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Vitamin D supplements may help stave off diabetes as they improve insulin effectiveness

Vitamin D appears to bolster insulin in the body - potentially staving off diabetes, new research suggests.

The hormone made by the pancreas is essential for metabolizing glucose, but in a growing number of people (diabetics) its effects are futile - and without it, suffering ensues.

Scientists worldwide are scrambling to curb rates of the condition that can be costly and life-threatening, complicating surgeries, pregnancy, childbirth, and more.

Now, Canadian scientists have presented surprising new data that suggests high doses of the 'sunshine vitamin' could slow the condition in newly diagnosed patients - and may even protect people from developing it.

It significantly improved the action of insulin in the muscle tissue of participants after six months, according to Daily Mail.

How Weight Training Changes the Brain

Most of us discover in middle age, to our chagrin, that brains change with age and thinking skills dip. Familiar names, words and the current location of our house keys begin to elude us.

But a wealth of helpful past research indicates that regular aerobic exercise, such as walking or jogging, can prop up memory and cognition. In the studies, which have involved people and animals, aerobic exercise generally increases the number of new neurons created in the brain’s memory center and also reduces inflammation. Unchecked, inflammation in the brain may contribute to the development of dementia and other neurodegenerative conditions.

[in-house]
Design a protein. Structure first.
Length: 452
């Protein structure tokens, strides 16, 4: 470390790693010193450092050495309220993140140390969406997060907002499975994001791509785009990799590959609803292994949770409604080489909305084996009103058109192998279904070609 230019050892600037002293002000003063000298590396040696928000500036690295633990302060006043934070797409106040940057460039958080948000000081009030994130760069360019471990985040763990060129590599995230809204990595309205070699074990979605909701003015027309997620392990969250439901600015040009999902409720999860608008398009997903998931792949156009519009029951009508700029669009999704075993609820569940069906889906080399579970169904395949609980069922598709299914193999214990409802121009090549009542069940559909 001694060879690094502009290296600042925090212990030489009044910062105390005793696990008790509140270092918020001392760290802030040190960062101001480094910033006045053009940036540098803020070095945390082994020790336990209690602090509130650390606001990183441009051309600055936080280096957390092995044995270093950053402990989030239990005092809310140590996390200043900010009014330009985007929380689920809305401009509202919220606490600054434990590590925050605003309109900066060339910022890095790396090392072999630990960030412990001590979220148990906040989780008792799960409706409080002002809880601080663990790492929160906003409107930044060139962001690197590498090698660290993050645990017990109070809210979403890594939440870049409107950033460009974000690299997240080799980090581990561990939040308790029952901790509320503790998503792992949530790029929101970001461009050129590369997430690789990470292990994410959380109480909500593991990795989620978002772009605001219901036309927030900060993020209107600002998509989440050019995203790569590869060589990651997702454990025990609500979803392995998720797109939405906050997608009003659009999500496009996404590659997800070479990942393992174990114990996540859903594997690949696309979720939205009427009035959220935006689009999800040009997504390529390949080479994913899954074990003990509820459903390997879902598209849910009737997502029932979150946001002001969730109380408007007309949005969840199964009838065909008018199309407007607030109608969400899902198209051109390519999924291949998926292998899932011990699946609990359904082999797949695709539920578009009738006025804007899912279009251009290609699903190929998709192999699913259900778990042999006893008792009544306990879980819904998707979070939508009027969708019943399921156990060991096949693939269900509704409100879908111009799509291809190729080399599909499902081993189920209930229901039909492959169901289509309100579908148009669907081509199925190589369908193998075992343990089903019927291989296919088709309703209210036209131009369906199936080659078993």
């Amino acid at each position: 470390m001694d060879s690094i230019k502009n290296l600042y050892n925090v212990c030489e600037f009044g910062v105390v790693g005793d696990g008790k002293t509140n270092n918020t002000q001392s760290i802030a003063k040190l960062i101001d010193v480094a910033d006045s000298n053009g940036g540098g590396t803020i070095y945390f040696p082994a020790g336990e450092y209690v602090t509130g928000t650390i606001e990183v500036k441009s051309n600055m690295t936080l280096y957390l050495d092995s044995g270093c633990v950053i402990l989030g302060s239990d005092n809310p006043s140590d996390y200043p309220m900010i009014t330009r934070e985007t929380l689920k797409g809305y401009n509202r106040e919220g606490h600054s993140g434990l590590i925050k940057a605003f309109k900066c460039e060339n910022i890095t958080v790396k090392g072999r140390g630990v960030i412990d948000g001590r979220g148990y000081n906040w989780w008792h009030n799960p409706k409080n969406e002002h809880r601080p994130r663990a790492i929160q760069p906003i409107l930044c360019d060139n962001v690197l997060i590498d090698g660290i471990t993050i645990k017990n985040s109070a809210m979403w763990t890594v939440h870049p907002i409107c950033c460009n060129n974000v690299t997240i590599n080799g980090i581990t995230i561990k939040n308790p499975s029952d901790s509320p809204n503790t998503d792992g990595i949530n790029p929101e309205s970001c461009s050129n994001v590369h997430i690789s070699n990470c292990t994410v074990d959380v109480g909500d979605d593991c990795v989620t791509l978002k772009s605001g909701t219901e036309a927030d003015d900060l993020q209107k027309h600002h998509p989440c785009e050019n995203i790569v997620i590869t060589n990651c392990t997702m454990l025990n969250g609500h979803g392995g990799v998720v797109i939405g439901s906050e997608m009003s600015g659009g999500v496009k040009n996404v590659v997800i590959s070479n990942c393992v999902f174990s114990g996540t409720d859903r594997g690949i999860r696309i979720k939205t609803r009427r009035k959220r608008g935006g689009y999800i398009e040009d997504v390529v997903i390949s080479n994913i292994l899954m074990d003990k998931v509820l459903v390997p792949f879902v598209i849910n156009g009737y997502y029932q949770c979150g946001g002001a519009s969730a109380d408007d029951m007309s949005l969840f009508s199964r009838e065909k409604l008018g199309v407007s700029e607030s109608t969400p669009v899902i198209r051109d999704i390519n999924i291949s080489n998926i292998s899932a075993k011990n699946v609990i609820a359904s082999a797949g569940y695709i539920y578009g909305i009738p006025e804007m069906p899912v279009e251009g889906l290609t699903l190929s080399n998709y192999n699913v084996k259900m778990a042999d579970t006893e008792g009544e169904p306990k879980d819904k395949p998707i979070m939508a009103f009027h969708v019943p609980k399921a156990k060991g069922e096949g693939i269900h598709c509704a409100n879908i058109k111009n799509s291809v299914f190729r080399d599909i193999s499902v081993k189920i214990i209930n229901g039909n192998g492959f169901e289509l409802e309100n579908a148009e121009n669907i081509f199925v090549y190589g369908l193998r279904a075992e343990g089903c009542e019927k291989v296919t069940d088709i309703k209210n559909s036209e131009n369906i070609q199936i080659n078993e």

Using antibiotics without a prescription is a prevalent public health problem

People using antibiotics without a prescription seems to be a prevalent public health problem. Antibiotics were obtained through various means, including saving leftover prescriptions for later use, getting them from friends and family, or obtaining them from local markets "under the counter."

When people take antibiotics without a prescription, they often take unnecessary medication or choose an inappropriate drug or dose. This practice is associated with avoidable adverse events and may also increase the risk for inducing antibiotic resistance. It is important to understand how prevalent nonprescription antibiotic use is and the factors that contribute to the issue, according to Science Daily.

Resistant malaria spreading in South East Asia

Malaria parasites resistant to key drugs have spread rapidly in South East Asia, researchers from the UK and Thailand say.

The parasites have moved from Cambodia to Laos, Thailand and Vietnam, where half of patients are not being cured by first-choice drugs.

Researchers say the findings raise the "terrifying prospect" drug-resistance could spread to Africa, according to BBC.

However, experts said the implications may not be as severe as first thought.

Harvesting energy from the human knee

Imagine powering your devices by walking. With technology recently developed by a group of researchers at the Chinese University of Hong Kong, that possibility might not be far out of reach.

The group describes the technology in Applied Physics Letters. An energy harvester is attached to the wearer's knee and can generate 1.6 microwatts of power while the wearer walks without any increase in effort. The energy is enough to power small electronics like health monitoring equipment and GPS devices.

"Self-powered GPS devices will attract the attention of climbers and mountaineers," said author Wei-Hsin Liao, professor in the department of mechanical and automation engineering, according to Science Daily.